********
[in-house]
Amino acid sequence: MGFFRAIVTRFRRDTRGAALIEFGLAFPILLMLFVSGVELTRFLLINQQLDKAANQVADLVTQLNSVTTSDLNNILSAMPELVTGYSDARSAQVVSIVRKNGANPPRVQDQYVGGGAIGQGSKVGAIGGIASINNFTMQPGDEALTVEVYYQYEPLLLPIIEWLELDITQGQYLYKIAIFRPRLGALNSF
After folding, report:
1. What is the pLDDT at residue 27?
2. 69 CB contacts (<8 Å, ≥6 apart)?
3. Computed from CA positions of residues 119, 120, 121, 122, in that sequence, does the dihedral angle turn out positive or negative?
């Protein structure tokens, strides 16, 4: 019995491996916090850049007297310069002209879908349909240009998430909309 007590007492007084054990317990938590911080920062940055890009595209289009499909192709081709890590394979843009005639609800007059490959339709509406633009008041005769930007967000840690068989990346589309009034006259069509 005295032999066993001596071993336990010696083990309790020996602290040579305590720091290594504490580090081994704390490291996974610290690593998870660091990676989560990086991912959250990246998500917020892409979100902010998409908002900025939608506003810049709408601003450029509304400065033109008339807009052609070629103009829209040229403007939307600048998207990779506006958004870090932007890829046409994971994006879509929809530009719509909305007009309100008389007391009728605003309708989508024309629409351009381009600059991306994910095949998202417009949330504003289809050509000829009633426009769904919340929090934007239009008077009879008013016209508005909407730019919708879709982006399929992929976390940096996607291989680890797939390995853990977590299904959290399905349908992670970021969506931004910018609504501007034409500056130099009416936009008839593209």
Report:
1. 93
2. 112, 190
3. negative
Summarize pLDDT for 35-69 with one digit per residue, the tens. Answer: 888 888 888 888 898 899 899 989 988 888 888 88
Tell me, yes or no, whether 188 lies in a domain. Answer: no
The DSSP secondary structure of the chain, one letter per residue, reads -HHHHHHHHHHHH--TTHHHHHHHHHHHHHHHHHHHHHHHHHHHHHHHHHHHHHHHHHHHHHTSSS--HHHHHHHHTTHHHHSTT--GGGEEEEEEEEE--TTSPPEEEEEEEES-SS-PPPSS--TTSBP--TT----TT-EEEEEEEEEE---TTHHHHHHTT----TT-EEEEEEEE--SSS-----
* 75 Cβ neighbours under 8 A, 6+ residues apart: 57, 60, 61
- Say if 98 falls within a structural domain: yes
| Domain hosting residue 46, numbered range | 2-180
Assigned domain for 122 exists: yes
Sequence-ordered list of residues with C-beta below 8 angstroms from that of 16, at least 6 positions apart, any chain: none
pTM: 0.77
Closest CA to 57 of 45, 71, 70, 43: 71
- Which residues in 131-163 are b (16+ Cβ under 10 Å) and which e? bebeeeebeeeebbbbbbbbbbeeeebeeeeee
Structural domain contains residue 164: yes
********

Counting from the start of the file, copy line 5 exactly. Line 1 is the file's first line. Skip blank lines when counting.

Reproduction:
2. 69 CB contacts (<8 Å, ≥6 apart)?